‘Ottawa’ Toronto Animation Studio Arc Productions Abruptly Shuts Down, ‘Unable to Pay’ Employee Wages
TORONTO — A Toronto animation studio that received millions of Ontario government dollars to generate jobs over the past decade abruptly shut its doors Tuesday, potentially leaving more than 500 employees out of work.
Arc Productions told employees to stay away from work in a letter posted on the locked doors of its downtown Toronto office. CEO Tom Murray wrote in the notice that Arc “is experiencing significant financial difficulties and a liquidity crisis,” leaving the studio unable to pay outstanding wages.
“Despite the very best efforts of management to find a solution to this financial emergency, we have not been able to resolve this matter,” Murray wrote.
Arc’s primary lender appeared in court last Friday to request that Deloitte Restructuring Inc. assume interim oversight of the company, Murray said in the letter. The lender plans to return to court Thursday to make that request permanent, he added, by asking for Deloitte to take full control of the business.
Murray advised employees that Arc’s studio would be bolted as of Tuesday, at which point, he said, they could contact Deloitte for further information.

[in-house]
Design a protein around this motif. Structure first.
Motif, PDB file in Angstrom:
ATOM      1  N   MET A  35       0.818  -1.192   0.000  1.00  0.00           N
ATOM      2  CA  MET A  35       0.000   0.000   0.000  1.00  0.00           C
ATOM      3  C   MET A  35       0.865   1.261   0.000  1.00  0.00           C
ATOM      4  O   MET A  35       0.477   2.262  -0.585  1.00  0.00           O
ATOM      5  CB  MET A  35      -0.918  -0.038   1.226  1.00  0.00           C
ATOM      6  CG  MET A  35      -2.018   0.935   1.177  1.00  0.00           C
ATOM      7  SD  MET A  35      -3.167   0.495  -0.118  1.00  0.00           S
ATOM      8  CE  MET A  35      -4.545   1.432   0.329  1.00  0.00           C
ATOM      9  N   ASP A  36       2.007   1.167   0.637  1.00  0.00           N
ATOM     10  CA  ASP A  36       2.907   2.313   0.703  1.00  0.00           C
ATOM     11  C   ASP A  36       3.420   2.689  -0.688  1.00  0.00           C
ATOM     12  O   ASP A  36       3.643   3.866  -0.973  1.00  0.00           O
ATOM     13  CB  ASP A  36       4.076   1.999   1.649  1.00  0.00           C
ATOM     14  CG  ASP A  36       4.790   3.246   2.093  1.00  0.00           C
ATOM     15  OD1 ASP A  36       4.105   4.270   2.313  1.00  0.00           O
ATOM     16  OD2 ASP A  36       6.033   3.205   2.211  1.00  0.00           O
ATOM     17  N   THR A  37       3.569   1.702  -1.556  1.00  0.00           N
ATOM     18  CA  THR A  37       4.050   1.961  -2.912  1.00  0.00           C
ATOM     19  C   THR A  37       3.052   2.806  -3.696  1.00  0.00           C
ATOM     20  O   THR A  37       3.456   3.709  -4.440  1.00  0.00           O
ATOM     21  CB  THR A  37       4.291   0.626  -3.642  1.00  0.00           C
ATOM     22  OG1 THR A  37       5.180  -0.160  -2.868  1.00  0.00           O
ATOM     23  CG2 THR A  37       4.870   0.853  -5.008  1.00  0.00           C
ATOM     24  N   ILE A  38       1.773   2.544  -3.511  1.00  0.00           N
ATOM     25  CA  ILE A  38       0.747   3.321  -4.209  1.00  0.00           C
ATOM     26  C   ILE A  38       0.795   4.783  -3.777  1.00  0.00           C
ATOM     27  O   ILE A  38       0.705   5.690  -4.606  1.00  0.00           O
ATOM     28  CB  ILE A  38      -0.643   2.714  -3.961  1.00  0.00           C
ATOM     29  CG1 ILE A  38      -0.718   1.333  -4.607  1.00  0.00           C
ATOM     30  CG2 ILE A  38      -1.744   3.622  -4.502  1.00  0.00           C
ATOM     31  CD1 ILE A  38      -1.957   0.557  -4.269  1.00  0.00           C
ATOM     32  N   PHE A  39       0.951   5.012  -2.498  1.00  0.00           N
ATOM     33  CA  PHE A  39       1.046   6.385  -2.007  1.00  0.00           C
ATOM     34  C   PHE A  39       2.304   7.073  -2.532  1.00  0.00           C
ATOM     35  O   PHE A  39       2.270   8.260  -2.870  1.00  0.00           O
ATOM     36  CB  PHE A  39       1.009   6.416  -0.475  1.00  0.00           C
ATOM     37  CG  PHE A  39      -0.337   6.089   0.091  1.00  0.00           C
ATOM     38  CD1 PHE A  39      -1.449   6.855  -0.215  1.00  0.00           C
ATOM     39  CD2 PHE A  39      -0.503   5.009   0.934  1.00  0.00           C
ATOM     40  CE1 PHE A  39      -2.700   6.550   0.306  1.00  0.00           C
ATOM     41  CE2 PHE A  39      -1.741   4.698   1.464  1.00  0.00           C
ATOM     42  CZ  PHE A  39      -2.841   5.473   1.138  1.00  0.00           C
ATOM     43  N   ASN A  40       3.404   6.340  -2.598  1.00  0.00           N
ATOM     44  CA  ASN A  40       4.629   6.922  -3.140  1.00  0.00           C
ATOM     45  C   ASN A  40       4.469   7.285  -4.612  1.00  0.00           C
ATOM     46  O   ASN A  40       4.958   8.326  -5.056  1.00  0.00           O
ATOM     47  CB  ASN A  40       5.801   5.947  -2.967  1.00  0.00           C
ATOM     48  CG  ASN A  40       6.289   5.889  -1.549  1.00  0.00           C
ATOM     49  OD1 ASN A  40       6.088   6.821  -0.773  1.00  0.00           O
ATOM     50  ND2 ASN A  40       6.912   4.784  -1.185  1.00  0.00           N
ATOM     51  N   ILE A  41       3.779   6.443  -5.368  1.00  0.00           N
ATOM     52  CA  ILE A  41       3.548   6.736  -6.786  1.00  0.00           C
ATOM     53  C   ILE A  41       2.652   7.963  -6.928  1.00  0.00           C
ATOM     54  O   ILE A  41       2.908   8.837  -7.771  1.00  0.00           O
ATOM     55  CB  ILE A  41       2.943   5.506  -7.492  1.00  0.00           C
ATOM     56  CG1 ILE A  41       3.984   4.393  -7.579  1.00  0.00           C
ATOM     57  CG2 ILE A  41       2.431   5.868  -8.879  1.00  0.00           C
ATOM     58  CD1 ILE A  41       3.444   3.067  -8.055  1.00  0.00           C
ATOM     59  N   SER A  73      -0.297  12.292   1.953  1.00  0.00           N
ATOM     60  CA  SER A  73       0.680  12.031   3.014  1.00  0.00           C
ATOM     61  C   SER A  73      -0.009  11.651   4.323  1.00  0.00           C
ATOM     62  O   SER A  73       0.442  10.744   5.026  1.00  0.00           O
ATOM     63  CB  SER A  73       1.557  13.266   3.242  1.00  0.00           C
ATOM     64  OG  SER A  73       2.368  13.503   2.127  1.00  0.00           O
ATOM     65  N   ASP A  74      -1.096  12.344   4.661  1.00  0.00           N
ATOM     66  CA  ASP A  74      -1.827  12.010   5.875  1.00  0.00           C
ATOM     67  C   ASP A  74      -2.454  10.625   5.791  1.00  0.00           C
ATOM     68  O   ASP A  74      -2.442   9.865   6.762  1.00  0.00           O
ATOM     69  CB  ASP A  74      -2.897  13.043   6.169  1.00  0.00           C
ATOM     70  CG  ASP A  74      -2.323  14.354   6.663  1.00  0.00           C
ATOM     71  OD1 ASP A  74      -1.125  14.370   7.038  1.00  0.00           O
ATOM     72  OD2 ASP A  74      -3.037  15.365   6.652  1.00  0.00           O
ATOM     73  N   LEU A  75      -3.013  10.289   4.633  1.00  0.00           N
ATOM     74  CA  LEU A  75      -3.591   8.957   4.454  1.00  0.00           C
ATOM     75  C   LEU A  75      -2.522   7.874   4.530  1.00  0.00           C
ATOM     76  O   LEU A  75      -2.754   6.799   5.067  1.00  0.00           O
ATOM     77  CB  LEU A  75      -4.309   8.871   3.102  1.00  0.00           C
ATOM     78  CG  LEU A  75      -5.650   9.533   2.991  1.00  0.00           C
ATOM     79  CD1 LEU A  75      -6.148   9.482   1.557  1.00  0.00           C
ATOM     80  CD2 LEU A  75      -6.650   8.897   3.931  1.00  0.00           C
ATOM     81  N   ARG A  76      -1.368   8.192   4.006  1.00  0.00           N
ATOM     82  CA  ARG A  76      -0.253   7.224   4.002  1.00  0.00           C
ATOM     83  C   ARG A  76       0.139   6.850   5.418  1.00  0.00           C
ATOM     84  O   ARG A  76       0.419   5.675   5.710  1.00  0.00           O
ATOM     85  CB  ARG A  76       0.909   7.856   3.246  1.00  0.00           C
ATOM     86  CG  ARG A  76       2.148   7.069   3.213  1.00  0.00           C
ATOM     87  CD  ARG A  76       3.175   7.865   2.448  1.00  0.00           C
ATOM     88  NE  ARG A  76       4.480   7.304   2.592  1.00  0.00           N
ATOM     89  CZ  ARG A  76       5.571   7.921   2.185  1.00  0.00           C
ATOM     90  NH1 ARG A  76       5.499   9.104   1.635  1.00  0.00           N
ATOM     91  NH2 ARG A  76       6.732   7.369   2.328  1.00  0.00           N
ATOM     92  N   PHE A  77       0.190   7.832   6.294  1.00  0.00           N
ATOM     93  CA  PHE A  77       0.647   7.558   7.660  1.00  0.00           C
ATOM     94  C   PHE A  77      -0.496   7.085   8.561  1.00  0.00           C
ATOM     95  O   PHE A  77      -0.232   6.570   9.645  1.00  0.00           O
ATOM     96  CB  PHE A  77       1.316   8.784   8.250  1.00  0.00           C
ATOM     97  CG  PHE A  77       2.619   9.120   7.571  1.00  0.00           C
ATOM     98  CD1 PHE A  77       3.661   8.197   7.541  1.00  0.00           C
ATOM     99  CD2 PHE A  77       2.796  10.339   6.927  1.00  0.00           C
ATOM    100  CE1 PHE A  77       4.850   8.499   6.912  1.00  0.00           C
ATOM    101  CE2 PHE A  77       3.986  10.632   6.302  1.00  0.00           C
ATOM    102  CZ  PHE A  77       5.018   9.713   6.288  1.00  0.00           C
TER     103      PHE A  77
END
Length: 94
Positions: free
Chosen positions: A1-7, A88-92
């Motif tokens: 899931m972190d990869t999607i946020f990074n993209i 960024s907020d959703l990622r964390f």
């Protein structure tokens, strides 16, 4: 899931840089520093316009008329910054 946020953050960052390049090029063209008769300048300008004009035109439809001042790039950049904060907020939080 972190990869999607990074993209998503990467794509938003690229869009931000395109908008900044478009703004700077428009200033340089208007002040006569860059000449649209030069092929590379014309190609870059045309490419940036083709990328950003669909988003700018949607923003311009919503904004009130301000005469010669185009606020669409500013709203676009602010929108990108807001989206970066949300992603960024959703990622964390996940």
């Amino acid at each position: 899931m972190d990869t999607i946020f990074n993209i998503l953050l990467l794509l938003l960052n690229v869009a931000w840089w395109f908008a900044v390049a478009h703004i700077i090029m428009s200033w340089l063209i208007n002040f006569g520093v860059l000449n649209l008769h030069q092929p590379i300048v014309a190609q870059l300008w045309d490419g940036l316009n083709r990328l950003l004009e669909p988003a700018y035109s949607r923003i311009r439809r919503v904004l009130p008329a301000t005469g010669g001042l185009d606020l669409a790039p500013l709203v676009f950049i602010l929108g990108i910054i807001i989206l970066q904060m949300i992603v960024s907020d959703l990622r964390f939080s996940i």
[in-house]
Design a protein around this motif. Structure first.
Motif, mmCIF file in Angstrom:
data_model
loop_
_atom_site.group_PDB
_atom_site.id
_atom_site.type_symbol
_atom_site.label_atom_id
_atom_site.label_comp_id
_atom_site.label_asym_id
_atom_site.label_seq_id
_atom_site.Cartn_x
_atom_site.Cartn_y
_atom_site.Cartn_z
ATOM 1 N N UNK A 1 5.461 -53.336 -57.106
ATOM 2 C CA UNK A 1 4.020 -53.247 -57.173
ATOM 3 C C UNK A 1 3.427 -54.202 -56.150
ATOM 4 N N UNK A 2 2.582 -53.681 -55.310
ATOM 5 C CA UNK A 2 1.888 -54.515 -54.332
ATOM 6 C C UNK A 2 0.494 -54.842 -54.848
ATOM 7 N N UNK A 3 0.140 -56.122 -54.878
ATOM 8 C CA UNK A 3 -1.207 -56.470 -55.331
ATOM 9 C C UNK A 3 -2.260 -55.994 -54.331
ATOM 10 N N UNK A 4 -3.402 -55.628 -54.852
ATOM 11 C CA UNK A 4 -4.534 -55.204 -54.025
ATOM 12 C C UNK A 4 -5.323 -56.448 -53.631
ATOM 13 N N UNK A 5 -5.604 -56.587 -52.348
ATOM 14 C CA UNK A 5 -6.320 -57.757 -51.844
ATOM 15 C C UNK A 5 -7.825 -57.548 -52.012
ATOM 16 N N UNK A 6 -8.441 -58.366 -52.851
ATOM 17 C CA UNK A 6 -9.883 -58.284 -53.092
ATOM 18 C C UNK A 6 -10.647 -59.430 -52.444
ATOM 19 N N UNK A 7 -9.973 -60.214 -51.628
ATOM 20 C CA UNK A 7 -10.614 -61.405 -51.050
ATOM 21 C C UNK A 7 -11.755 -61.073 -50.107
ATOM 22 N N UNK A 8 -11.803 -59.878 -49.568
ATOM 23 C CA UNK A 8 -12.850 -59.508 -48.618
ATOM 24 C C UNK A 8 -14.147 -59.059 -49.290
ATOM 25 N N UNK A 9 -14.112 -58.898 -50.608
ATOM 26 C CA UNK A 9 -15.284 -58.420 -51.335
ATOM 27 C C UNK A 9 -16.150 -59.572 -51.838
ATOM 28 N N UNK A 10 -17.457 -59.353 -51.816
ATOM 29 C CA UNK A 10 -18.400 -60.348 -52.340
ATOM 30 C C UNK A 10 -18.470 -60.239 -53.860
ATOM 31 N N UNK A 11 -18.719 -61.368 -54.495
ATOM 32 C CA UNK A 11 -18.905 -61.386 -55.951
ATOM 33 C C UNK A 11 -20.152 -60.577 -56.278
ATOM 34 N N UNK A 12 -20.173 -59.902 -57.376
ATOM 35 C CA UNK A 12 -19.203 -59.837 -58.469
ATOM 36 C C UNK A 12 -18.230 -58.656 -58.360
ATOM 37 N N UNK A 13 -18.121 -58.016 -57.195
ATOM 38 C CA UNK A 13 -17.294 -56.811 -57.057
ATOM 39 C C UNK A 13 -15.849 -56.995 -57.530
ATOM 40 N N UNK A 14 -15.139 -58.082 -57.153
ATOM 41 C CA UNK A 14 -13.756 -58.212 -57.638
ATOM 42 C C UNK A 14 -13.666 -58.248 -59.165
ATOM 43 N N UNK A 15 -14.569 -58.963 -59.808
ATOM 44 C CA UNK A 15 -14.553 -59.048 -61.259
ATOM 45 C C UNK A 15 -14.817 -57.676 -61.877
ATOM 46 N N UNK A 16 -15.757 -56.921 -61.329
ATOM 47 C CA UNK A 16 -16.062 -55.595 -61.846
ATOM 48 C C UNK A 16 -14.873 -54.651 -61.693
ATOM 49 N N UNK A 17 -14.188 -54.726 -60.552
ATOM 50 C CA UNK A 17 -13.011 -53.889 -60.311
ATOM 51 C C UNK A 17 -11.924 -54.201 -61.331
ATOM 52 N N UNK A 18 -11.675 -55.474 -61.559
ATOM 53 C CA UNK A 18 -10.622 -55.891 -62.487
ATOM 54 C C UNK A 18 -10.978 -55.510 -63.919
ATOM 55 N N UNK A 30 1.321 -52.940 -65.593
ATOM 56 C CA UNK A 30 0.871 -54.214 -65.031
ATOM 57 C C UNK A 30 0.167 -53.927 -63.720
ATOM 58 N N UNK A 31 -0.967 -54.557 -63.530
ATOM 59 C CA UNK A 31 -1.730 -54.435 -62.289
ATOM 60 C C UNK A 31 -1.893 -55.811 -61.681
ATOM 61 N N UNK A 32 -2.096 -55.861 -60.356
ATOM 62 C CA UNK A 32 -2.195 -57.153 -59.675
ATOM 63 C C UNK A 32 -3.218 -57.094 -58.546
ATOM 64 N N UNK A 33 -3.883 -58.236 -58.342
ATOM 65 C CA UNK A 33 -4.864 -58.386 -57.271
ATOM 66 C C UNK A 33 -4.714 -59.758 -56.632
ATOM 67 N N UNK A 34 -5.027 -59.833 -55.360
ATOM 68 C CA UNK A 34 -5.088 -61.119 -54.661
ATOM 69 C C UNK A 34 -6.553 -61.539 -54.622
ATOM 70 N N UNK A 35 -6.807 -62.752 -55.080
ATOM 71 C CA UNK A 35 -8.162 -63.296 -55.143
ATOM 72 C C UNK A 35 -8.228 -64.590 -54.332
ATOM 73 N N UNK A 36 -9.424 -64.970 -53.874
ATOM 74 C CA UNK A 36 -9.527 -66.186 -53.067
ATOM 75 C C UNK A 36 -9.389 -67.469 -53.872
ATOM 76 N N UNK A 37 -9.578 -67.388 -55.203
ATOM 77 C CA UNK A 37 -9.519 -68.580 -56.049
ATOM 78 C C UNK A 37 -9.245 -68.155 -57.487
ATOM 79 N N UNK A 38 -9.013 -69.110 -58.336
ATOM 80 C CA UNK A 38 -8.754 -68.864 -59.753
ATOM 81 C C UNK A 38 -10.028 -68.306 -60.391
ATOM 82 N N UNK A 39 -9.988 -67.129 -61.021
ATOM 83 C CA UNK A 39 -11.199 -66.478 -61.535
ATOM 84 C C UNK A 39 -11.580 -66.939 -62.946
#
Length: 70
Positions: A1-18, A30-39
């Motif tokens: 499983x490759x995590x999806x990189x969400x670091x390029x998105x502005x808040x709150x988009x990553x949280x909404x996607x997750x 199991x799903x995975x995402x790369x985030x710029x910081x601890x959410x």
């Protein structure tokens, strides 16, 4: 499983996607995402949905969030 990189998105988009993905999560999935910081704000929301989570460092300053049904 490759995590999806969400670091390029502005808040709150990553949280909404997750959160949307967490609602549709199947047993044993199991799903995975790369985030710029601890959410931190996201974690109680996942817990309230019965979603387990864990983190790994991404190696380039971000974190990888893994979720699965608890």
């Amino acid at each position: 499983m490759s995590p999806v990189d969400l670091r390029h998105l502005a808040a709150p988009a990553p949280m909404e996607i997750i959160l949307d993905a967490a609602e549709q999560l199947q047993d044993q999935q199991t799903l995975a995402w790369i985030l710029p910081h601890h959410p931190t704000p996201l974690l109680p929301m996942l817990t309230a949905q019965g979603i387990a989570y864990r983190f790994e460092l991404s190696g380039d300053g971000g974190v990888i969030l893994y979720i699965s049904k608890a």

“Employees should not come to work unless they are asked to by Deloitte and wait to hear from Deloitte about picking up your personal belongings,” Murray wrote.
Murray declined to comment Tuesday. A spokesperson for Deloitte, meanwhile, said it plans to update its website with “all publicly available information” as the situation proceeds.
For now, Arc’s hundreds of Toronto employees have temporarily been left in the lurch. The website Cartoon Brew reported Tuesday that workers weren’t paid as scheduled last Friday due to an unspecified “glitch.”
Employees should not come to work unless they are asked to by Deloitte
Arc — which is currently known for producing Thomas and Friends, a children’s TV series — pulled its website offline sometime before Tuesday, greeting users with a notice in bold: “Access forbidden!” The website once noted how Arc’s clients “enjoy the benefit of Canadian tax credits, production subsidies and grants,” according to Cartoon Brew.
That was likely a reference, in part, to the $23 million job grant the Ontario government awarded to Starz Animation in 2009.
The province plucked the money from its “Next Generation of Jobs Fund,” with the intention of creating and protecting around 250 jobs at the studio. Arc employed 220 people at the time.
“Starz Animation Toronto is on course to become a world centre of excellence that produces exceptional quality animation work,” Robert B. Clasen, Starz’s then-CEO, said in a release on May 26, 2009, the day of the announcement.
Arc advertised new jobs at the studio as recently as April 12, posting openings for “Technical Directors, Story Artists, & Lighters!” on Facebook. The link to the application page can no longer be accessed.
“On a personal level, I want you to know how proud I have been to work with all of you and how much I have appreciated your commitment to our clients and loyalty to the company,” Murray wrote in his letter. “I am so sorry that, in spite of all the efforts, I have been unable to resolve this crisis and apologize for that failure.”